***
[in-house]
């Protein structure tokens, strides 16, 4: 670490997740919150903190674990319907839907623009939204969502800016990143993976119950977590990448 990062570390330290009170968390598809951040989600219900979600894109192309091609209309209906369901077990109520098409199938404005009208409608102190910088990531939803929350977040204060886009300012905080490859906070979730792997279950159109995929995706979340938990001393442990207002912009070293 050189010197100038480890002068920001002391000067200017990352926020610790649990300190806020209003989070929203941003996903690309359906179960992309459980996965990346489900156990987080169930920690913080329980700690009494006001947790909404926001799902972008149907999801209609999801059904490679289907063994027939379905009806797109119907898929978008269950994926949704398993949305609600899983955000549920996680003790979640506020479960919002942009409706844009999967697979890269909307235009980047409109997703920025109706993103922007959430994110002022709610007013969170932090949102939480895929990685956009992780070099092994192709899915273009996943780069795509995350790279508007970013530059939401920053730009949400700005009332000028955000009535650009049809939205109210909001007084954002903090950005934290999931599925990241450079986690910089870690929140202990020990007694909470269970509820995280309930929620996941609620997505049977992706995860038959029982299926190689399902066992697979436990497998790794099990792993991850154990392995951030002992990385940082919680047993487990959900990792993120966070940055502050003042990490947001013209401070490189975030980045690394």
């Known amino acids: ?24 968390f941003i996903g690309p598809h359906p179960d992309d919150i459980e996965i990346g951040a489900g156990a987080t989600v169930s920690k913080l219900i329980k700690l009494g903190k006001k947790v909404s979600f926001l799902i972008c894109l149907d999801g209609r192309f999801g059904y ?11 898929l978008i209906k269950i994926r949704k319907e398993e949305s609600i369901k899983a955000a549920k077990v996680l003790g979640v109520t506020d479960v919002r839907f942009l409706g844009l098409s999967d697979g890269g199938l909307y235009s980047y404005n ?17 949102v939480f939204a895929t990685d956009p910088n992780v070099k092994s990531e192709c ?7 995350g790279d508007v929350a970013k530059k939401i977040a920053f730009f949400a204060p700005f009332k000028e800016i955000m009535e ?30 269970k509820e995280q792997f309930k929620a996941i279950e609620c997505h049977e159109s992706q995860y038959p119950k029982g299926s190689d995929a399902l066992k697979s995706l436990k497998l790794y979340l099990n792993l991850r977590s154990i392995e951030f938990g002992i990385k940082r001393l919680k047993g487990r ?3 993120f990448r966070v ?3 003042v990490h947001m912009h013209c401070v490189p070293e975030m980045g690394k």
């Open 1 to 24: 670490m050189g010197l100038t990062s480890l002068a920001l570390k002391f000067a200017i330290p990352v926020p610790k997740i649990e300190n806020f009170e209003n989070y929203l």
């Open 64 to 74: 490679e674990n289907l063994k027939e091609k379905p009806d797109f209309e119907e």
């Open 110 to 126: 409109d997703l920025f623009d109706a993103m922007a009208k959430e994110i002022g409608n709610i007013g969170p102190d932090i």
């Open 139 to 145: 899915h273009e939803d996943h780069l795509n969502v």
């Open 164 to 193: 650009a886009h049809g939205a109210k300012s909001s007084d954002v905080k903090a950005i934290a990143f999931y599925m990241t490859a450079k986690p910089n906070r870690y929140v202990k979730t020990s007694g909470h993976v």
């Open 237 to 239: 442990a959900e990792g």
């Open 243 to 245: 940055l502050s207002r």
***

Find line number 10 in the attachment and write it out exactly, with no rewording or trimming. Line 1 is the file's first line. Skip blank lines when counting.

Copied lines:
């Open 243 to 245: 940055l502050s207002r």